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Re: Achromatic Super Contrast versus Full Plan (Motic)

#7 Post by farnsy » Thu Jun 27, 2019 3:59 pm

Apochromat, thanks for your reply. The situation is evidently more complex than I had thought. I had the impression that 160mm stuff was all pretty much compatible, including the phase contrast lenses and condensers, but I can see that is not necessarily so. Additionally I thought every company (including some Chinese companies) had their own, incompatible, standards for infinity corrected stuff. If the Chinese are coalescing around Olympus' standard, that would be a good thing. One of the reasons I have been considering Motic's infinity stuff (BA310E is what I had in mind) is that it seems like they and other manufacturers are only kicking out low or medium quality glass for 160mm and reserving their better stuff for their infinity lines. If those scopes additionally allow me to purchase Olympus objectives or accessories, that would be a big plus on the infinity corrected side.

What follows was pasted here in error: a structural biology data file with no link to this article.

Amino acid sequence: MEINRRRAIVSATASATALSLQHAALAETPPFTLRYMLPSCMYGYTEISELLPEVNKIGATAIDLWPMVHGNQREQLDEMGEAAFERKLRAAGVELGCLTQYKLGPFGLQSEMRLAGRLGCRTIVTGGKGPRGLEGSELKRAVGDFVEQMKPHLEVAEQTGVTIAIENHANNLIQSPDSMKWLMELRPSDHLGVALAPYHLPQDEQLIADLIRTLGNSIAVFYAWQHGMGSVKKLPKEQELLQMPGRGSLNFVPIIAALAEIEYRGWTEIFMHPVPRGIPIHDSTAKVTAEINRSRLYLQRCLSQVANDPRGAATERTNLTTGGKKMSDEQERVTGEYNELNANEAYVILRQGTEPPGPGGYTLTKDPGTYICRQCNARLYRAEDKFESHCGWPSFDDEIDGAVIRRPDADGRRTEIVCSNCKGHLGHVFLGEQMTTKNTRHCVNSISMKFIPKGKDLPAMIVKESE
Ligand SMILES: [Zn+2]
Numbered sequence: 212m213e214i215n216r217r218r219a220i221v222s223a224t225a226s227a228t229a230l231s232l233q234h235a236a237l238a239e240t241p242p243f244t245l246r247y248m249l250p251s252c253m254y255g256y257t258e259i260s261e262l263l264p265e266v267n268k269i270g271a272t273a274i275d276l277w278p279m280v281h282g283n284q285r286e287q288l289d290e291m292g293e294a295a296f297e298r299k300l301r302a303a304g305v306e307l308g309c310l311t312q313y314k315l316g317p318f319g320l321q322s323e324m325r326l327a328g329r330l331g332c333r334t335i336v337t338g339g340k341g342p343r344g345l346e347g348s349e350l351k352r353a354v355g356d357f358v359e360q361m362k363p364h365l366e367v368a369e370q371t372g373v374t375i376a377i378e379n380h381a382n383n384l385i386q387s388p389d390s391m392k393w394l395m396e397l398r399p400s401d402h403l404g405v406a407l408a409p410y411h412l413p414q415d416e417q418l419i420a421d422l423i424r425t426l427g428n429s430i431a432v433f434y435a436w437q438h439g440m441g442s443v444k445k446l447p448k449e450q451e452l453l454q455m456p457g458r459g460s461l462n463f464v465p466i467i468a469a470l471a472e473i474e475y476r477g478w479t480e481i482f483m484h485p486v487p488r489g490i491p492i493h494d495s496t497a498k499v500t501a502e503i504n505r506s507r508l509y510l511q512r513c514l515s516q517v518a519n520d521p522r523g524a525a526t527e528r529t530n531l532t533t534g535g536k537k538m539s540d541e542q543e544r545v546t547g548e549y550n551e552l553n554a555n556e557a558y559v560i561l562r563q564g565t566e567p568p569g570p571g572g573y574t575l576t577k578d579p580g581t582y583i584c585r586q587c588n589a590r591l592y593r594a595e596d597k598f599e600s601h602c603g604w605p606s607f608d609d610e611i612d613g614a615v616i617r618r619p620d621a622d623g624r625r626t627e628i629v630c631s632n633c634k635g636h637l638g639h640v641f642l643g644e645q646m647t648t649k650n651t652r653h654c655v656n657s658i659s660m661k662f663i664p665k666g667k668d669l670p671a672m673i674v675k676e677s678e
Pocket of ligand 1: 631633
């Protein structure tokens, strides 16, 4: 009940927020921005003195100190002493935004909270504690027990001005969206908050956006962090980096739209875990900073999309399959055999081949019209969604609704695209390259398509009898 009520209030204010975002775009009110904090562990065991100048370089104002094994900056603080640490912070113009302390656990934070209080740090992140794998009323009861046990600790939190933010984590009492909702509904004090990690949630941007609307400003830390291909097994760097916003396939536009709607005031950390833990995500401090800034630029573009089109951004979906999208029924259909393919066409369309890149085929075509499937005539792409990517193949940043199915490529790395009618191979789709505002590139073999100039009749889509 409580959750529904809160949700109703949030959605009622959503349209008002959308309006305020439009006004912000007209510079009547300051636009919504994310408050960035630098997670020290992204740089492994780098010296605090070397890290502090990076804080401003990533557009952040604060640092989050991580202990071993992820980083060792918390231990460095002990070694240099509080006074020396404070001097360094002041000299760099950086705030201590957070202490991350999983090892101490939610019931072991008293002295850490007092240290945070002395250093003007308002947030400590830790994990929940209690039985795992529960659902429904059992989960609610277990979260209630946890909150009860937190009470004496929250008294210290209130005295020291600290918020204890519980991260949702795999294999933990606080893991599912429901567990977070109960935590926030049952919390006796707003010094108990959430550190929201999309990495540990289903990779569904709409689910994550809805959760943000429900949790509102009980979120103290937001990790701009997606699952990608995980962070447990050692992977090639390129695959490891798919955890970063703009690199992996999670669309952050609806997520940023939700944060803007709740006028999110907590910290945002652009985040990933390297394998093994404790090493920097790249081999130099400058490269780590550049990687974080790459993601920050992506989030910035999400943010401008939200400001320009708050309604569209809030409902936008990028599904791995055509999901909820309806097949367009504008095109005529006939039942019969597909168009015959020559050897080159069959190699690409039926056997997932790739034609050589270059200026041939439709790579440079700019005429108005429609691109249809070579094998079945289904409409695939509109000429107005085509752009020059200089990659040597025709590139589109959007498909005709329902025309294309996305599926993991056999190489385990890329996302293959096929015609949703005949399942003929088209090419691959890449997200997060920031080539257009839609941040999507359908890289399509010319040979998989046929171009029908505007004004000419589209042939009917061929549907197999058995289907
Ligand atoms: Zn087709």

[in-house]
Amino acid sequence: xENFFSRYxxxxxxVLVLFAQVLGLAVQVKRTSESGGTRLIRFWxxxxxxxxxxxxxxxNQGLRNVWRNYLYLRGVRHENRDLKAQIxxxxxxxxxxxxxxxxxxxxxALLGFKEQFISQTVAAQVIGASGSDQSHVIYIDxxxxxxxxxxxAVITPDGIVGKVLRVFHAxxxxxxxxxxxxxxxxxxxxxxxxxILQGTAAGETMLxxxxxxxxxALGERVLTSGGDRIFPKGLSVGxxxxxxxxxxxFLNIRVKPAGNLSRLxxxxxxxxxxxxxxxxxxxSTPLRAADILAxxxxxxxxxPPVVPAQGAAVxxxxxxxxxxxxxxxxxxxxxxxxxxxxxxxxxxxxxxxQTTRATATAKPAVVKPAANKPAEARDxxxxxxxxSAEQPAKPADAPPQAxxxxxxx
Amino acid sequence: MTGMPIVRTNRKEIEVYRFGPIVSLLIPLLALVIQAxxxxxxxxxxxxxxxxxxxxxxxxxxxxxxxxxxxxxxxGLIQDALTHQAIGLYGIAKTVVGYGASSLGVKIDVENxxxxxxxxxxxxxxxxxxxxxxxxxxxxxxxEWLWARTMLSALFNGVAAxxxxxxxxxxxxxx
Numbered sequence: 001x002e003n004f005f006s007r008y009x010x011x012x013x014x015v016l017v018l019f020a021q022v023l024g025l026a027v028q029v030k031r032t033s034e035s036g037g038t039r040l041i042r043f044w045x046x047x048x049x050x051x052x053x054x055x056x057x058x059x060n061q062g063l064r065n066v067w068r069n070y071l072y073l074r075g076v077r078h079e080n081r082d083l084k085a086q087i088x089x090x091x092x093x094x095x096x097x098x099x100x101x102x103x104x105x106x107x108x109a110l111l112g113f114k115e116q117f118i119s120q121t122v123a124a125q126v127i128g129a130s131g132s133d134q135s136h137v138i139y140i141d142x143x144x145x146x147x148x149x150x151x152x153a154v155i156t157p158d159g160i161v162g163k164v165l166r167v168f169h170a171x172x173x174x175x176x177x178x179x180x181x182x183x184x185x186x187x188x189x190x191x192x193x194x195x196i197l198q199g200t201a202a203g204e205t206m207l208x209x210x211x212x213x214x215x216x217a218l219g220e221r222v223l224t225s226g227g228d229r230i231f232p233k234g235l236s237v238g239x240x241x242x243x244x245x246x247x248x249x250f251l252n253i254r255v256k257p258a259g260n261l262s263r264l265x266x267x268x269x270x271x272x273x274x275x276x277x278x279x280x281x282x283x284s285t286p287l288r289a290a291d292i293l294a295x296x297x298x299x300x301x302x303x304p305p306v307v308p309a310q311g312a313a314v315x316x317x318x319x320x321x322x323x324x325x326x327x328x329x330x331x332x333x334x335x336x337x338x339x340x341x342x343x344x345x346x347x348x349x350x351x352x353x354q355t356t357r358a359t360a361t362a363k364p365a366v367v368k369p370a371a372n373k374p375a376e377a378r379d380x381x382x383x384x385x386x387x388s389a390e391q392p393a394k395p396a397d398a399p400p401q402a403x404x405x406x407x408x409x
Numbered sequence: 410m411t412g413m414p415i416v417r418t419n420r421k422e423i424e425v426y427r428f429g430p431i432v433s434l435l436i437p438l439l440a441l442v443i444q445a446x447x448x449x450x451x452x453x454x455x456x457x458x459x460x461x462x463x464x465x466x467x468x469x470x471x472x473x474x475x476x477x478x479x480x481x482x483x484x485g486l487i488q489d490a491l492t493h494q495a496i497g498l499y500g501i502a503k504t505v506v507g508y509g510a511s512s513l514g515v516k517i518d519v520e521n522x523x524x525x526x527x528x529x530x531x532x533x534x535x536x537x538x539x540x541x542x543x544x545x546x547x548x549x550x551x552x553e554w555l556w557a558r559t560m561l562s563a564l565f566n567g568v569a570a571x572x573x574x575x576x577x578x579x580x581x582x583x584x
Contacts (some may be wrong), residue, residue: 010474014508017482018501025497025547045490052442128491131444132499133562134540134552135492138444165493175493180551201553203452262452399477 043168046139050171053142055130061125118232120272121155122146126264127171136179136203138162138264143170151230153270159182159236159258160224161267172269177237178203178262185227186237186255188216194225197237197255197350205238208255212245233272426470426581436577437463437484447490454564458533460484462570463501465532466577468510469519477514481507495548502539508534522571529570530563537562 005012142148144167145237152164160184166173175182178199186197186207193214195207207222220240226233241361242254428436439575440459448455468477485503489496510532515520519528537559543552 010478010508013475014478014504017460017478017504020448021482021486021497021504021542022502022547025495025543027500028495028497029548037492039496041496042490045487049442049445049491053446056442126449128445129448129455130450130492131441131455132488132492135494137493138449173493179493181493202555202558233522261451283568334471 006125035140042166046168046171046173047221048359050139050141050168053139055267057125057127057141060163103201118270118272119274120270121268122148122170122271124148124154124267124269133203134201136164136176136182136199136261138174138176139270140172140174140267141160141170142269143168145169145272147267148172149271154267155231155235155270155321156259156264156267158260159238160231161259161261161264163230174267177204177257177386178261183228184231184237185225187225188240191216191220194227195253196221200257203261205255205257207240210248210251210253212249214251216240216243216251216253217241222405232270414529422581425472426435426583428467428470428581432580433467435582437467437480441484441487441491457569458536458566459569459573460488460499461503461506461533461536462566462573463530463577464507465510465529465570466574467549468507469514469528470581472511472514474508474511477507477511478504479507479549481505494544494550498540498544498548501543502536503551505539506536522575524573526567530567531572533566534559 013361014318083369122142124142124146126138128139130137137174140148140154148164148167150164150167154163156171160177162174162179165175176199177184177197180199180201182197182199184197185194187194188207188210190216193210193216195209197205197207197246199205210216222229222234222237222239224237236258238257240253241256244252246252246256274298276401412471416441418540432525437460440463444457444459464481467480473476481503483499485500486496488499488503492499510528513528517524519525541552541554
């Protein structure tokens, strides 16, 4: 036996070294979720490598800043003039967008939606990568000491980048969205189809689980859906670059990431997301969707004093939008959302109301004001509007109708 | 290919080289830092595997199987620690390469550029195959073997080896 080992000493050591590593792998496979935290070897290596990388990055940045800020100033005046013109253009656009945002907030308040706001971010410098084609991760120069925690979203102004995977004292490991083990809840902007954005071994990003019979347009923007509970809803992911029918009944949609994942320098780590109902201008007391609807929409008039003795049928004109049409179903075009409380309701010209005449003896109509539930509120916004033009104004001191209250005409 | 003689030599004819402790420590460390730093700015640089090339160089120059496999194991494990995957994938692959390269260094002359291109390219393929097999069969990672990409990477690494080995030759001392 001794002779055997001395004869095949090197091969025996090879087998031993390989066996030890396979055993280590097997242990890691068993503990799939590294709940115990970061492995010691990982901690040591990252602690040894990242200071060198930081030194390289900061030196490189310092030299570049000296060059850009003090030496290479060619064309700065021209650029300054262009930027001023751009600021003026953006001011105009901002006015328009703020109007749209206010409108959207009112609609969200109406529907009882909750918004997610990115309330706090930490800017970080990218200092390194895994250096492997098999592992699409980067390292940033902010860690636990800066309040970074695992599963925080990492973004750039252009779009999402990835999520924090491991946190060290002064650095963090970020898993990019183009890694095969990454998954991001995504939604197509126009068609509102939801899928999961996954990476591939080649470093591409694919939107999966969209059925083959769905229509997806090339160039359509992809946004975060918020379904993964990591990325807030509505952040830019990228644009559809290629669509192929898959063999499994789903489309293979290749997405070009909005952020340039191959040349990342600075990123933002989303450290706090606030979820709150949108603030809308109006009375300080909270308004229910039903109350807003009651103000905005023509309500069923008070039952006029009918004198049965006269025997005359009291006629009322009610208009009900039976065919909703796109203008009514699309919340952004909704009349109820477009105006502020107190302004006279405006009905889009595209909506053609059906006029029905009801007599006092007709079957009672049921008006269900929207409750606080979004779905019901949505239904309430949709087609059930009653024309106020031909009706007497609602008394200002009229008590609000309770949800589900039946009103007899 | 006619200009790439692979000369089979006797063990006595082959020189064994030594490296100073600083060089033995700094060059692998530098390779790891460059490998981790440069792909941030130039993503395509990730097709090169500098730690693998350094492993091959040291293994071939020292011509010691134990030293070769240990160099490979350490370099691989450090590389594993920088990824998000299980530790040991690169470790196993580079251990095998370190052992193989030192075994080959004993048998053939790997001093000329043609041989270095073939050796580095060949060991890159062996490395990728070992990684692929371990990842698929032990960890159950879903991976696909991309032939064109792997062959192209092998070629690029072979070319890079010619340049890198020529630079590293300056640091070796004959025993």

Ultimately, for me, purchasing a more valuable microscope also means choosing a standard for optics and accessories. I'm going to have to do some more research on the secondary market for these objectives and accessories. Probably what this means is that, for now, I'll buy some more stuff for my AO (phase contrast, I'm looking at you) and play with it while I really decide what brand, level, and age of microscope to purchase to be a more permanent solution. I did ultimately cancel my AmScope purchase--no need to get rushed into a decision when I already have working scope.